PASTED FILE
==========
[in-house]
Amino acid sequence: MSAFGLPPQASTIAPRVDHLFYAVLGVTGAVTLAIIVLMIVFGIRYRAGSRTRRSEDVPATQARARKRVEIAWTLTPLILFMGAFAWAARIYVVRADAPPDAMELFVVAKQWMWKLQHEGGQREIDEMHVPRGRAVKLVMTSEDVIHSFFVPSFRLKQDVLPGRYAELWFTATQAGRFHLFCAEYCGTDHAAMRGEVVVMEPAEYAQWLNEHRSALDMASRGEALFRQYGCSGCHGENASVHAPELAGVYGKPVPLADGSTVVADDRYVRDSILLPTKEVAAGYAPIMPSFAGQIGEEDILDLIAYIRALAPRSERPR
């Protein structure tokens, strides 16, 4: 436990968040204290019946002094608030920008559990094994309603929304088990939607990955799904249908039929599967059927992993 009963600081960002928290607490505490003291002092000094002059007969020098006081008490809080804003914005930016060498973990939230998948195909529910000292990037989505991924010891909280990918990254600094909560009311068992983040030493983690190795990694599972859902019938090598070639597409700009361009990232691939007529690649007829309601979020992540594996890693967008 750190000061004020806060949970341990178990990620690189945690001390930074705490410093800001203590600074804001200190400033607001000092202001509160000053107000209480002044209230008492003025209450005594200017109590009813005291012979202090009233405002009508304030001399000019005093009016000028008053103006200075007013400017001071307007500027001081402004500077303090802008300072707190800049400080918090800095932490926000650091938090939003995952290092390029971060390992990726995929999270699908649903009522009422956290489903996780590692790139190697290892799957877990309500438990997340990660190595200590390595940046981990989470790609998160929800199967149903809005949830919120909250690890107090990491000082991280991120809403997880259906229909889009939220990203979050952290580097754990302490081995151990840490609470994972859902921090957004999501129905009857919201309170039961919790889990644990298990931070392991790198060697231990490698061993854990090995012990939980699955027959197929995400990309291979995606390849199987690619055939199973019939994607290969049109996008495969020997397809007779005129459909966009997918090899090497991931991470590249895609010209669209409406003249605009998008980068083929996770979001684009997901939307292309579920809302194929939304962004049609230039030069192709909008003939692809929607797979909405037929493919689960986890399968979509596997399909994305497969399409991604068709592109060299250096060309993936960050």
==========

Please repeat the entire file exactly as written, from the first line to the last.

[in-house]
Amino acid sequence: MSAFGLPPQASTIAPRVDHLFYAVLGVTGAVTLAIIVLMIVFGIRYRAGSRTRRSEDVPATQARARKRVEIAWTLTPLILFMGAFAWAARIYVVRADAPPDAMELFVVAKQWMWKLQHEGGQREIDEMHVPRGRAVKLVMTSEDVIHSFFVPSFRLKQDVLPGRYAELWFTATQAGRFHLFCAEYCGTDHAAMRGEVVVMEPAEYAQWLNEHRSALDMASRGEALFRQYGCSGCHGENASVHAPELAGVYGKPVPLADGSTVVADDRYVRDSILLPTKEVAAGYAPIMPSFAGQIGEEDILDLIAYIRALAPRSERPR
């Protein structure tokens, strides 16, 4: 436990968040204290019946002094608030920008559990094994309603929304088990939607990955799904249908039929599967059927992993 009963600081960002928290607490505490003291002092000094002059007969020098006081008490809080804003914005930016060498973990939230998948195909529910000292990037989505991924010891909280990918990254600094909560009311068992983040030493983690190795990694599972859902019938090598070639597409700009361009990232691939007529690649007829309601979020992540594996890693967008 750190000061004020806060949970341990178990990620690189945690001390930074705490410093800001203590600074804001200190400033607001000092202001509160000053107000209480002044209230008492003025209450005594200017109590009813005291012979202090009233405002009508304030001399000019005093009016000028008053103006200075007013400017001071307007500027001081402004500077303090802008300072707190800049400080918090800095932490926000650091938090939003995952290092390029971060390992990726995929999270699908649903009522009422956290489903996780590692790139190697290892799957877990309500438990997340990660190595200590390595940046981990989470790609998160929800199967149903809005949830919120909250690890107090990491000082991280991120809403997880259906229909889009939220990203979050952290580097754990302490081995151990840490609470994972859902921090957004999501129905009857919201309170039961919790889990644990298990931070392991790198060697231990490698061993854990090995012990939980699955027959197929995400990309291979995606390849199987690619055939199973019939994607290969049109996008495969020997397809007779005129459909966009997918090899090497991931991470590249895609010209669209409406003249605009998008980068083929996770979001684009997901939307292309579920809302194929939304962004049609230039030069192709909008003939692809929607797979909405037929493919689960986890399968979509596997399909994305497969399409991604068709592109060299250096060309993936960050």